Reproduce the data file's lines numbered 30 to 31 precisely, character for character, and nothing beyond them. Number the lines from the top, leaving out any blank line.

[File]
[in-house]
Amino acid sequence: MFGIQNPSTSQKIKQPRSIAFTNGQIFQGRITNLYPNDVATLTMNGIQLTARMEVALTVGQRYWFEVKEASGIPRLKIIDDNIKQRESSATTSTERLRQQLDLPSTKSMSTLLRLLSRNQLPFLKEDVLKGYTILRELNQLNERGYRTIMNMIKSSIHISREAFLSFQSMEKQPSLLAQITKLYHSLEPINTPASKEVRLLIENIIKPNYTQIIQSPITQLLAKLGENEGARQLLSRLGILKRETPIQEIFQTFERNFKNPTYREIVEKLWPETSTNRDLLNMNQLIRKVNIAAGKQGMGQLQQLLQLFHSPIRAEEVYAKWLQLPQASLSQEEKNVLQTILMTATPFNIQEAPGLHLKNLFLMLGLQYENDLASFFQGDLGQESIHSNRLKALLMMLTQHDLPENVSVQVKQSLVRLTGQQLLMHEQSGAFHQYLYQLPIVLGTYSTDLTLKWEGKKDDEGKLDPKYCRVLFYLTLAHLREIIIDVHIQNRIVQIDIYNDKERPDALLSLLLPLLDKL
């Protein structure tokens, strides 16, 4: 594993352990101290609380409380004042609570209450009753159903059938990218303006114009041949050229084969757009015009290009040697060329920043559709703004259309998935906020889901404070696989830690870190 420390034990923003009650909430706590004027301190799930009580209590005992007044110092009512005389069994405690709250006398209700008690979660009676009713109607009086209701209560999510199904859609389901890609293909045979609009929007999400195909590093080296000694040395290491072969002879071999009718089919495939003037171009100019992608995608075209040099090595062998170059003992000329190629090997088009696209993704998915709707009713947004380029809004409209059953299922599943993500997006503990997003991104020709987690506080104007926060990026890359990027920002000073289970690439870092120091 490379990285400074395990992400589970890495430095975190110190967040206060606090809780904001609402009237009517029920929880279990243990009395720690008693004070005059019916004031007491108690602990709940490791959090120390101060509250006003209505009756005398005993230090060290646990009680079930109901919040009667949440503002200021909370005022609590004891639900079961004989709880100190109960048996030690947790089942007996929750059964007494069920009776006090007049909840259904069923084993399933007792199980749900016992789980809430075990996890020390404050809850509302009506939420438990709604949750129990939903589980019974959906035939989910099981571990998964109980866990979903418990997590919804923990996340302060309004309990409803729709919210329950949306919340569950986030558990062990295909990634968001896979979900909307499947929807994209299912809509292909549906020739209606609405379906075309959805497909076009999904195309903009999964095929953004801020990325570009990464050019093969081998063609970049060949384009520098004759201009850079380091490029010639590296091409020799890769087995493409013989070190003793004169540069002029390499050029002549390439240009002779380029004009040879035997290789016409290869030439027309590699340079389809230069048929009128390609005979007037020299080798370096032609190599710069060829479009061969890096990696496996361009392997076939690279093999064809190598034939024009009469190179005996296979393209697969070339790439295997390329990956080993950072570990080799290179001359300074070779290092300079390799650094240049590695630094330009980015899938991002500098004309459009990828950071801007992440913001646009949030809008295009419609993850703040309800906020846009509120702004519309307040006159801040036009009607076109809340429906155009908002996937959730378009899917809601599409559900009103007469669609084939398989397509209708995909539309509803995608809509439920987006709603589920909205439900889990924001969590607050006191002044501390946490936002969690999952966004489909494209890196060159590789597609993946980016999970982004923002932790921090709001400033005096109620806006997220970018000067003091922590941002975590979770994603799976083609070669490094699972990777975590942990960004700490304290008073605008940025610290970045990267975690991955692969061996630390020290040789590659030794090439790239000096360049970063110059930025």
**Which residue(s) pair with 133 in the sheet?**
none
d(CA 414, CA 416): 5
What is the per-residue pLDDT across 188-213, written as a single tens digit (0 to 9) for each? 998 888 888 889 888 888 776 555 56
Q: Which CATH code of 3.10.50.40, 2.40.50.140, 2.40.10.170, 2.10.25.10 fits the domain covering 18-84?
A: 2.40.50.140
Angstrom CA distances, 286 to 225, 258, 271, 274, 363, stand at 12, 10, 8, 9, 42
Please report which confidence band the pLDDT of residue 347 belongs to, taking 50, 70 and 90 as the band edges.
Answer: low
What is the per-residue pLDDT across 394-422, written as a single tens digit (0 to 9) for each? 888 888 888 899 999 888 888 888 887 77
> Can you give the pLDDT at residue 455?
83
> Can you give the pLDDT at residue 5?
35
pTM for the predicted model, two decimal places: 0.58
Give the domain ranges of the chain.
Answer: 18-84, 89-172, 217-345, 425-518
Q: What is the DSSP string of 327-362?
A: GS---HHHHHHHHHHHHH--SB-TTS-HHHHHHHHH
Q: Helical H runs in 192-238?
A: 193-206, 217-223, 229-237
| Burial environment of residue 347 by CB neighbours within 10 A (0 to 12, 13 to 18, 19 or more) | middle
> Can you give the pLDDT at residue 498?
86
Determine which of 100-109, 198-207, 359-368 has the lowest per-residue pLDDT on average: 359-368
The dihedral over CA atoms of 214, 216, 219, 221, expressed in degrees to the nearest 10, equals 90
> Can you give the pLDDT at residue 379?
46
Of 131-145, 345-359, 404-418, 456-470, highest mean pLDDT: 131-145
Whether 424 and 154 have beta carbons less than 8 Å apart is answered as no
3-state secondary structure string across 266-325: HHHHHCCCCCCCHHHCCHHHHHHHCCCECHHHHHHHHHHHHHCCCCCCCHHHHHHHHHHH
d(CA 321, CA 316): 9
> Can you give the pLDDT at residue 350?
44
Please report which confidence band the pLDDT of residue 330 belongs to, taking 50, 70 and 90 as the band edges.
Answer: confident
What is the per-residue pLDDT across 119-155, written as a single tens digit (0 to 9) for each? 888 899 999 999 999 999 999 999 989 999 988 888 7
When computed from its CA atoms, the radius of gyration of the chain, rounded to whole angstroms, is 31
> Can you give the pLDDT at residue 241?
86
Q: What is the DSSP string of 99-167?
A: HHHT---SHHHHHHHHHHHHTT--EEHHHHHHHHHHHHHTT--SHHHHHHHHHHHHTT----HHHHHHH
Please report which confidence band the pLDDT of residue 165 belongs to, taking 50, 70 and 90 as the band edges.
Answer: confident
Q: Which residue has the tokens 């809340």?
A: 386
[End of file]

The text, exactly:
> Can you give the pLDDT at residue 379?
46